3 Karate Kid-esque Exercises That Can Improve Your Content Marketing

May 2, 2015

Martial Artist Practicing His Craft

You are a dedicated content marketer driven to deliver value for your audience. Each day you seek new ways to be more effective at your craft. Your bookshelf is lined with titles on marketing and writing, and your RSS feed delivers a continuous flow of insights, tips, and tricks from online resources.

But are you missing out on some under the radar opportunities to improve?

To catch our meaning, think of The Karate Kid. (Stick with us here, okay?) In the 1984 film classic, high school student Daniel LaRusso must take on a group of bullies from the Cobra Kai karate school, which was basically the black hat SEO of the martial arts world.

Under the guidance of his experienced sensei Mr. Miyagi, the teenager undertakes a training regimen that includes long hours filled with menial tasks like waxing a car and sanding a deck. After expressing his frustration that he’s not actually learning anything about karate, Daniel ultimately realizes that the sensei had him perform these tasks to develop the natural movements that are essential to becoming an expert karate fighter.

Now let's get unconventional with three practices that can improve your content marketing.

1. Manually copy excellent copywriting by hand

Many marketers have created personal writing exercises that help them to hone their writing skills or “get in the zone.”

One training method to emerge from direct response copywriting is hand copying examples of great writing. This practice is often attributed to the legendary direct response marketer Gary Halbert (often referred to as the “King of Copy”). John Carlton, Joe Sugarman, and other renowned direct response marketers also swear by this practice.

While your marketing may differ in objective, this training method remains a viable way to internalize effective writing practices. Next time you see a blog post that mesmerized you from start to finish, or inspired you to act or feel a certain way, save it. Then, when you have a few minutes available, grab a notebook and write the copy exactly as it is. It may seem like a strange exercise, but try it each day for a week to see how hand copying stellar examples from marketers you admire can boost your content creation powers.

2. Read all kinds of great writing

As marketers, we tend to spend a lot of time reading about our industry. After all, staying up to date on content marketing best practices plays an essential role in performing our responsibilities well.

But inspiration can also come from other places. In our Q&A with Ann Handley, the marketing maven shared that while she is energized by great marketing writing, “I also get a lot of inspiration from outside our industry.” Ann continues, “I like reading really good fiction and non-fiction. I’m also a big fan of the New Yorker. It inspires me to be a better content creator.”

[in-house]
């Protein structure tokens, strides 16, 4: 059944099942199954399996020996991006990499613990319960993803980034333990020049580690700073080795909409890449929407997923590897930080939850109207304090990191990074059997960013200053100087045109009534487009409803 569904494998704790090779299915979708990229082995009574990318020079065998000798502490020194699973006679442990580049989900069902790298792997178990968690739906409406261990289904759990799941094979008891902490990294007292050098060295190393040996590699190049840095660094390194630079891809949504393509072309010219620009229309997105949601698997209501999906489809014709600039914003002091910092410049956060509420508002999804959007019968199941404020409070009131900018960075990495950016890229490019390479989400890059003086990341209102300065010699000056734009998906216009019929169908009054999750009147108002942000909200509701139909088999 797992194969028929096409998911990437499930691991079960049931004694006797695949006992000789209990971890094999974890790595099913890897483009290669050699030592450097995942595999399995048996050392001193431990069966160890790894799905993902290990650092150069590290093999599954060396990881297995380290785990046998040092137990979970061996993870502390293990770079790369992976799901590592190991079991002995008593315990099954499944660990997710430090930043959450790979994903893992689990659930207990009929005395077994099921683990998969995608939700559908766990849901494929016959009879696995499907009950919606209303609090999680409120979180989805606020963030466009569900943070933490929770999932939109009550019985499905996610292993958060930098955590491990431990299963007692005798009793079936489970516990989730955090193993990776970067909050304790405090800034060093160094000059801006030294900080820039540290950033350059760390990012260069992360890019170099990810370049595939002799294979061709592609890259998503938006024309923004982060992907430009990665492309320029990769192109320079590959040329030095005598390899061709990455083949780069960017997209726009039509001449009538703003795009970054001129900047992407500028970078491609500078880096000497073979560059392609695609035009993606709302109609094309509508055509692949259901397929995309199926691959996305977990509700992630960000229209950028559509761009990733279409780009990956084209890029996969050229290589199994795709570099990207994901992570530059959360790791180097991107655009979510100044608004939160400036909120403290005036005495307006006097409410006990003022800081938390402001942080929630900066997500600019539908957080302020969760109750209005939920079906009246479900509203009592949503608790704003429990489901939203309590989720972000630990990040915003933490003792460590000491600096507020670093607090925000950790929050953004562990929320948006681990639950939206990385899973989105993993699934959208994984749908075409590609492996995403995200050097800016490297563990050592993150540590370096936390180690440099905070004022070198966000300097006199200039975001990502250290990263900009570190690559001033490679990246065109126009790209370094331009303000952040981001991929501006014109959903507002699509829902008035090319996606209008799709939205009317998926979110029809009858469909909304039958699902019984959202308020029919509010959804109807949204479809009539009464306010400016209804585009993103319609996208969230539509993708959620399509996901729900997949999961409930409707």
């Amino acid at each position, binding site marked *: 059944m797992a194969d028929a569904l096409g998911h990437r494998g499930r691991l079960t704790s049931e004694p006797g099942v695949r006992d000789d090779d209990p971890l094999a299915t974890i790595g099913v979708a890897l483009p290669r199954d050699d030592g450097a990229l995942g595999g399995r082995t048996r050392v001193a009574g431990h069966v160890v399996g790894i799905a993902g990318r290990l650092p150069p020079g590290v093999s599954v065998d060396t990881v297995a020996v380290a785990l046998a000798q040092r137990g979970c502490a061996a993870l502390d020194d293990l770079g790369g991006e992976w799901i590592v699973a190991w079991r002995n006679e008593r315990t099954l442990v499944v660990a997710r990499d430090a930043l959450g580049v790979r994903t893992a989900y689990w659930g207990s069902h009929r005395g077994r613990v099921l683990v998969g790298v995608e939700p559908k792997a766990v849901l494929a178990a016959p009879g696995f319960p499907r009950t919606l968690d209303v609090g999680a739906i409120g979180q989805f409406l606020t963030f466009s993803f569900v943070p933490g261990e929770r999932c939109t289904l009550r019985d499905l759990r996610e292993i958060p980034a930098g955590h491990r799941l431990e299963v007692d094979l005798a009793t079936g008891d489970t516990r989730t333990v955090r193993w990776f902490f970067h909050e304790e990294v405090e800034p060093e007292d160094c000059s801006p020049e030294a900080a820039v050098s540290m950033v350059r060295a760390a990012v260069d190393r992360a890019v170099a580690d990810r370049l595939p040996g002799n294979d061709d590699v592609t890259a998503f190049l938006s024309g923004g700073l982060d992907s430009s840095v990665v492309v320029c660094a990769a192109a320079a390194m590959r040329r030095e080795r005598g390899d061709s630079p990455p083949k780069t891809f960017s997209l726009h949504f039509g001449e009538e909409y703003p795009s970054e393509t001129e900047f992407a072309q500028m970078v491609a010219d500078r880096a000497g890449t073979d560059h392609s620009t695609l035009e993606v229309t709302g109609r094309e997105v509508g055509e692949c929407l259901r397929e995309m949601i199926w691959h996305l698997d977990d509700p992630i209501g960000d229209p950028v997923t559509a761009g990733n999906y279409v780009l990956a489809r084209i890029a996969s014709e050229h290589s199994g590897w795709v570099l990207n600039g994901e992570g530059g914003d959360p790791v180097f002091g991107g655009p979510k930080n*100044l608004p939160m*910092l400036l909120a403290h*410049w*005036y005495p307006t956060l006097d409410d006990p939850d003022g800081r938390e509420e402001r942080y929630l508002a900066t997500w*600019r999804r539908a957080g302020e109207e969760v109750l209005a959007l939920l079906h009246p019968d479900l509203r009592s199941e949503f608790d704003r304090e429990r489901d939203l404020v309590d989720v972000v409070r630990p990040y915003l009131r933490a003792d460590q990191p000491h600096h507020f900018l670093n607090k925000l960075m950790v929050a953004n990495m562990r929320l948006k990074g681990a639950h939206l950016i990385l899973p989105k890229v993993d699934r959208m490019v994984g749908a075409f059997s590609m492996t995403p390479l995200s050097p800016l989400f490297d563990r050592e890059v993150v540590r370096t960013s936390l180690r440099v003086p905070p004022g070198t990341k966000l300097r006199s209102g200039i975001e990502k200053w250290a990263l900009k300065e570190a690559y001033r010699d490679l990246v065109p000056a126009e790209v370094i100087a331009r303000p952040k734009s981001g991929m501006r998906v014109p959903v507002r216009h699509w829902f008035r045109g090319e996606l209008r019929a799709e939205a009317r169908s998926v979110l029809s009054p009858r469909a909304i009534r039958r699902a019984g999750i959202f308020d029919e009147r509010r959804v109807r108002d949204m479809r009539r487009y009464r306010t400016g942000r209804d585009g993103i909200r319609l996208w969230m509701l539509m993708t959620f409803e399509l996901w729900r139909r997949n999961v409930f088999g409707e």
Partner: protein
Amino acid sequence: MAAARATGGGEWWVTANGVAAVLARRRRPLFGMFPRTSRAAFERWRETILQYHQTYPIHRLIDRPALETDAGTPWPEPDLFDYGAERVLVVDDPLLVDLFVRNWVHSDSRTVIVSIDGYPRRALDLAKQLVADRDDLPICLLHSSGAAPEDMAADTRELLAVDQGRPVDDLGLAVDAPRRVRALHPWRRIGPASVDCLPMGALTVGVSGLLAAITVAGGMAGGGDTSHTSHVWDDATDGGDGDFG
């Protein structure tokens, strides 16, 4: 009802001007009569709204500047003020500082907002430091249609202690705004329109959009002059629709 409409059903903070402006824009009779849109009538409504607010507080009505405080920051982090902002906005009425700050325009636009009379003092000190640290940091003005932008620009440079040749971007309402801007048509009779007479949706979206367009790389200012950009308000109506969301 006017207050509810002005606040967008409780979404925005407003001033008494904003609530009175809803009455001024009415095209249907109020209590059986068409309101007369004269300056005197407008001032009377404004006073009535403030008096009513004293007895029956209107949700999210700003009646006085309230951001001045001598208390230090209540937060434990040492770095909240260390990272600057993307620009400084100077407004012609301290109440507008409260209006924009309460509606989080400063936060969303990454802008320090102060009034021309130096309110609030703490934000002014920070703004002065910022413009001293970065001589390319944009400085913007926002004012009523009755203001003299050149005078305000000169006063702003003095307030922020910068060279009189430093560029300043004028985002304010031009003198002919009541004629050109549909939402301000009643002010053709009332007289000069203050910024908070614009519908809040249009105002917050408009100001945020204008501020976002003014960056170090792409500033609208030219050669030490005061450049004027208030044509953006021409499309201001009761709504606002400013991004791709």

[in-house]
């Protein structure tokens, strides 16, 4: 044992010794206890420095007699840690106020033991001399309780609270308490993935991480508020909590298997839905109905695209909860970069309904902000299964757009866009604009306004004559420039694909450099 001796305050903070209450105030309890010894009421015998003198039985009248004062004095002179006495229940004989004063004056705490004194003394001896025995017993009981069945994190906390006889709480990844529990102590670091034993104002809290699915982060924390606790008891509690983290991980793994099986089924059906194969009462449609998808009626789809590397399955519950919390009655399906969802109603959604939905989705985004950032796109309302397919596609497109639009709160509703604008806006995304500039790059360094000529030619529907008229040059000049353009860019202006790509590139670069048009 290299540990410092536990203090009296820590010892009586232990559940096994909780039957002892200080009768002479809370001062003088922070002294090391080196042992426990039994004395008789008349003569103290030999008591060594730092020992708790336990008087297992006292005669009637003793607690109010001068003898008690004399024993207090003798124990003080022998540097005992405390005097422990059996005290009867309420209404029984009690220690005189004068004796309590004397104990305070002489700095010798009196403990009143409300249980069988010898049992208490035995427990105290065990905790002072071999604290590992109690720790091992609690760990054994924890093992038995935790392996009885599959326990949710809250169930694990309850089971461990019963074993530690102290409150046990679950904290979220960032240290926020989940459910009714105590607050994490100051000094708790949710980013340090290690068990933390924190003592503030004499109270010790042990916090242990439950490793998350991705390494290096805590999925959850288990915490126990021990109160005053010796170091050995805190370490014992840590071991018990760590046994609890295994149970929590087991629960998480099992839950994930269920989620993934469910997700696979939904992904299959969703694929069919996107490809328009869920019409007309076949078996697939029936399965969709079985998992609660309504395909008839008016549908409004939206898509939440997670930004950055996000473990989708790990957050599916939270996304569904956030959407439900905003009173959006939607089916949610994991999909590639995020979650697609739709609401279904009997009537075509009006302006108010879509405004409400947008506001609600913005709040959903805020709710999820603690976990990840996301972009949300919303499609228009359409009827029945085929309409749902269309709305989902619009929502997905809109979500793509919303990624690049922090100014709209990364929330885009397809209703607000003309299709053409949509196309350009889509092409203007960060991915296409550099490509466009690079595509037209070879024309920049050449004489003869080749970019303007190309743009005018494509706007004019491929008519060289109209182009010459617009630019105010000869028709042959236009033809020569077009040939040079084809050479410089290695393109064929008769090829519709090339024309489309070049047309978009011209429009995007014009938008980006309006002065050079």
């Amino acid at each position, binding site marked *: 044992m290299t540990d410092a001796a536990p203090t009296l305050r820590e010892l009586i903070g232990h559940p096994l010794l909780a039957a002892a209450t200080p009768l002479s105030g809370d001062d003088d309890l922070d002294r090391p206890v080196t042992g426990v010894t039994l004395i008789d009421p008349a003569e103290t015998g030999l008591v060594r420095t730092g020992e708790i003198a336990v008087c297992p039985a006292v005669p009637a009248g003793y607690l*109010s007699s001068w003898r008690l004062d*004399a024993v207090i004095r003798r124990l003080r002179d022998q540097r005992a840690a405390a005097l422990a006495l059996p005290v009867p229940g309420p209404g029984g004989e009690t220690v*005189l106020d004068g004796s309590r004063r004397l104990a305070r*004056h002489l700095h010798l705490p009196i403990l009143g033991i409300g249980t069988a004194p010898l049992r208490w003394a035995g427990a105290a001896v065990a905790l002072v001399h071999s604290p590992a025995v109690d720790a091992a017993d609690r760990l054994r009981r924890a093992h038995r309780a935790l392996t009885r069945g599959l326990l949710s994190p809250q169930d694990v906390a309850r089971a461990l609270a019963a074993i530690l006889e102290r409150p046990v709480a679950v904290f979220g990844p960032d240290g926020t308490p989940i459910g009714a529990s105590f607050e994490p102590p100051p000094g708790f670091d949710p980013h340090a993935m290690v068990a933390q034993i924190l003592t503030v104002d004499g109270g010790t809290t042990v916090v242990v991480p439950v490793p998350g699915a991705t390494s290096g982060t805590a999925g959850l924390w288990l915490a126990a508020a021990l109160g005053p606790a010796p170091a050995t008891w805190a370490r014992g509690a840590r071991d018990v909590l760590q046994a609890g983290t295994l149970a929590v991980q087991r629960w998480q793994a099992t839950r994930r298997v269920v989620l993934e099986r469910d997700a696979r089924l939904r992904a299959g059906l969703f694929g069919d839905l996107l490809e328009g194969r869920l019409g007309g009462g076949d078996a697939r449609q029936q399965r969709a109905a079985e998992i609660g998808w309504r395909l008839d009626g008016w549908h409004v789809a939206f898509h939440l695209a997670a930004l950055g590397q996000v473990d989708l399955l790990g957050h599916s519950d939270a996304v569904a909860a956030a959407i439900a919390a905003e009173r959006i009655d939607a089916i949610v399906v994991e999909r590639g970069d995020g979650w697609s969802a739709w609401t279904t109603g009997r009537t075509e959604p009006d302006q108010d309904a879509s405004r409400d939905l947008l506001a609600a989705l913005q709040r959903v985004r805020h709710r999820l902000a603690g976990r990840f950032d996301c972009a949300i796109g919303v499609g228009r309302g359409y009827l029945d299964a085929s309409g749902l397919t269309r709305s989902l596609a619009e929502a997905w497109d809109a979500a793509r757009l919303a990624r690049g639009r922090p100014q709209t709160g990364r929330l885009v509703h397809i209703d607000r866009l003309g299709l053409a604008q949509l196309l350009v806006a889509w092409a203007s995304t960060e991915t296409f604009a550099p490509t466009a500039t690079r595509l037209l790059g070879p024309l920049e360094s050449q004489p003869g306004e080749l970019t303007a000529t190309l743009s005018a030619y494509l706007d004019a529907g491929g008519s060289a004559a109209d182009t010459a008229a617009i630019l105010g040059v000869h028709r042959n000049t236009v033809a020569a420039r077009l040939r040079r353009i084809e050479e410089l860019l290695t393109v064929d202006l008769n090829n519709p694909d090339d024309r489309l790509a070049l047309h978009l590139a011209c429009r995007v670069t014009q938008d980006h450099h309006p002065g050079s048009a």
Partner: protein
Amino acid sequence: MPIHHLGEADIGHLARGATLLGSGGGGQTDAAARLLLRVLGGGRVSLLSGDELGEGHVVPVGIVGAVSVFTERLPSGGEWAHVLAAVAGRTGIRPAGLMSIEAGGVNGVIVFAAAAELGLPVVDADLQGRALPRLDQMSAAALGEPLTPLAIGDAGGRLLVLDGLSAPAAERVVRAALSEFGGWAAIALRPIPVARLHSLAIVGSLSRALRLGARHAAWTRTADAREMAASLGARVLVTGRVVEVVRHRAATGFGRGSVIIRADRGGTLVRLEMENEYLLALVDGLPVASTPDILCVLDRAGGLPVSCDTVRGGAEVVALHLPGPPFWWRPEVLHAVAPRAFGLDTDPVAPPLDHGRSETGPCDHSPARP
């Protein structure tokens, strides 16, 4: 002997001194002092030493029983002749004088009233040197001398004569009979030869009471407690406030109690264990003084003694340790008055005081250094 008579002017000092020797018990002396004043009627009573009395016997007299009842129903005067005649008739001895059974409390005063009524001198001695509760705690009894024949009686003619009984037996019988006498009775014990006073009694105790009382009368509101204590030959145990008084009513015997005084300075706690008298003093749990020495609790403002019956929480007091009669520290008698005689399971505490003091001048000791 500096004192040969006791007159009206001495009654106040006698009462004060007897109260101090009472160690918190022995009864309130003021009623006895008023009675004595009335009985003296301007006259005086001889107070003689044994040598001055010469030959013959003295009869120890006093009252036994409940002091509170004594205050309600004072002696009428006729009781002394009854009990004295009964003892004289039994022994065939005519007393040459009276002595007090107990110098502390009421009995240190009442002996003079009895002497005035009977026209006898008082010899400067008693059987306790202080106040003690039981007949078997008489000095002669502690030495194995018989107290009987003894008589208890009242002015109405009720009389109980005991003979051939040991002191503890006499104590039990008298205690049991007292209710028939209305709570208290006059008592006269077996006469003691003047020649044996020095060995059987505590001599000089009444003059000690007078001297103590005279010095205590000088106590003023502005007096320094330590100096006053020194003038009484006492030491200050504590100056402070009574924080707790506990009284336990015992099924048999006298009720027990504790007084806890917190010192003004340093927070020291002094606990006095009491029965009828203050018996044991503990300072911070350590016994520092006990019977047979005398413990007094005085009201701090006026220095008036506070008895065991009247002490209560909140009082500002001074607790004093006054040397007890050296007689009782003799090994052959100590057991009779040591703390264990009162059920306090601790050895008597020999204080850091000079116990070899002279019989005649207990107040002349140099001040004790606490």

If you want to discover new ideas and get your creative juices flowing, try reading your way through Modern Library’s 100 best novels and nonfiction titles. Or get really serious about learning everything there is to know on a subject that interests you. Reading books, blogs, and other resources to increase your knowledge can have a significant carryover effect on your writing.

3. Stop working on content to incubate

Sometimes that captivating headline, scintillating slogan, or nailed-it conclusion just won’t come. Only after we step away does a solution surface – maybe as we drive home or take a shower. This is often referred to as an “incubation” period, a phase in which we’re able to develop new ideas about familiar concepts.

The good news is that we don’t have to wait for a specific content problem to put this phenomenon to work for us. Scheduling exercise, meditation, or another energizing activity can serve as a regular incubation period that helps you meet content needs while boosting your creativity.

During “incubation,” you can be most effective when you direct your thoughts around a particular subject rather than unselectively daydreaming. Engaging in an activity with low cognitive demand, such as walking, tends to foster better results.

If you are skeptical of these methods, just think back to Daniel-san’s initial reluctance and ultimate awakening. Why not give each of these Mr. Miyagi-style practices a go? After all, there’s no "one way" to attain a black belt in content marketing.

 Looking for more ways to master content marketing? Download the Sophisticated Marketer’s Guide to LinkedIn and get ready to take your knowledge to the next level.

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